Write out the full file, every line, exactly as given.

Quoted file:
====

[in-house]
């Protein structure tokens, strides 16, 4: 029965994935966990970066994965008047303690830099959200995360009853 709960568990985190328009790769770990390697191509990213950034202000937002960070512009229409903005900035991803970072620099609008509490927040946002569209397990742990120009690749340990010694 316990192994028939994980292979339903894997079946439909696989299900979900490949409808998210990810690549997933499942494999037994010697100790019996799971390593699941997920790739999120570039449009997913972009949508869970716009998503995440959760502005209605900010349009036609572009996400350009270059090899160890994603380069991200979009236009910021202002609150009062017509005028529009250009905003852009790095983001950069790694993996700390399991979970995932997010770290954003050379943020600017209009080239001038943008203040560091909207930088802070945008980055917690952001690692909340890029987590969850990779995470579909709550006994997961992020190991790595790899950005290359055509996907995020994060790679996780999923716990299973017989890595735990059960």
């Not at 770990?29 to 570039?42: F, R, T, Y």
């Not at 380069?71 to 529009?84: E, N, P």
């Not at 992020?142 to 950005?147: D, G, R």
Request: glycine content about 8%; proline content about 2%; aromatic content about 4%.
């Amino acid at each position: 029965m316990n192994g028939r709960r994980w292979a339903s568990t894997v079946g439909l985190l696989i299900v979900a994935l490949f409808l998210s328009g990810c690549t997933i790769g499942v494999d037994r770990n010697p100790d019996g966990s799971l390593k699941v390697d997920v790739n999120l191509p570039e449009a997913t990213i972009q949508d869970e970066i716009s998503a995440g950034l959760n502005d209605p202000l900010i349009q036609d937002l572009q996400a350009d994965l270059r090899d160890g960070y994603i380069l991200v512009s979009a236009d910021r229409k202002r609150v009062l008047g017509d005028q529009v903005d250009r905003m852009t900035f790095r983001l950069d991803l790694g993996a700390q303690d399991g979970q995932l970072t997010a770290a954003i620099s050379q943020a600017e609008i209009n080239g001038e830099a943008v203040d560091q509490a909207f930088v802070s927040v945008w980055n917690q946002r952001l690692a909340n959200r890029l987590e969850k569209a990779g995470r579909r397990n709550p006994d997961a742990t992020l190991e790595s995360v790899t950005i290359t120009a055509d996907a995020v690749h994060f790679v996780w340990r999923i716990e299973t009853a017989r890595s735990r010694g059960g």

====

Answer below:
[in-house]
């Protein structure tokens, strides 16, 4: 029965994935966990970066994965008047303690830099959200995360009853 709960568990985190328009790769770990390697191509990213950034202000937002960070512009229409903005900035991803970072620099609008509490927040946002569209397990742990120009690749340990010694 316990192994028939994980292979339903894997079946439909696989299900979900490949409808998210990810690549997933499942494999037994010697100790019996799971390593699941997920790739999120570039449009997913972009949508869970716009998503995440959760502005209605900010349009036609572009996400350009270059090899160890994603380069991200979009236009910021202002609150009062017509005028529009250009905003852009790095983001950069790694993996700390399991979970995932997010770290954003050379943020600017209009080239001038943008203040560091909207930088802070945008980055917690952001690692909340890029987590969850990779995470579909709550006994997961992020190991790595790899950005290359055509996907995020994060790679996780999923716990299973017989890595735990059960």
């Not at 770990?29 to 570039?42: F, R, T, Y």
């Not at 380069?71 to 529009?84: E, N, P």
């Not at 992020?142 to 950005?147: D, G, R």
Request: glycine content about 8%; proline content about 2%; aromatic content about 4%.
């Amino acid at each position: 029965m316990n192994g028939r709960r994980w292979a339903s568990t894997v079946g439909l985190l696989i299900v979900a994935l490949f409808l998210s328009g990810c690549t997933i790769g499942v494999d037994r770990n010697p100790d019996g966990s799971l390593k699941v390697d997920v790739n999120l191509p570039e449009a997913t990213i972009q949508d869970e970066i716009s998503a995440g950034l959760n502005d209605p202000l900010i349009q036609d937002l572009q996400a350009d994965l270059r090899d160890g960070y994603i380069l991200v512009s979009a236009d910021r229409k202002r609150v009062l008047g017509d005028q529009v903005d250009r905003m852009t900035f790095r983001l950069d991803l790694g993996a700390q303690d399991g979970q995932l970072t997010a770290a954003i620099s050379q943020a600017e609008i209009n080239g001038e830099a943008v203040d560091q509490a909207f930088v802070s927040v945008w980055n917690q946002r952001l690692a909340n959200r890029l987590e969850k569209a990779g995470r579909r397990n709550p006994d997961a742990t992020l190991e790595s995360v790899t950005i290359t120009a055509d996907a995020v690749h994060f790679v996780w340990r999923i716990e299973t009853a017989r890595s735990r010694g059960g």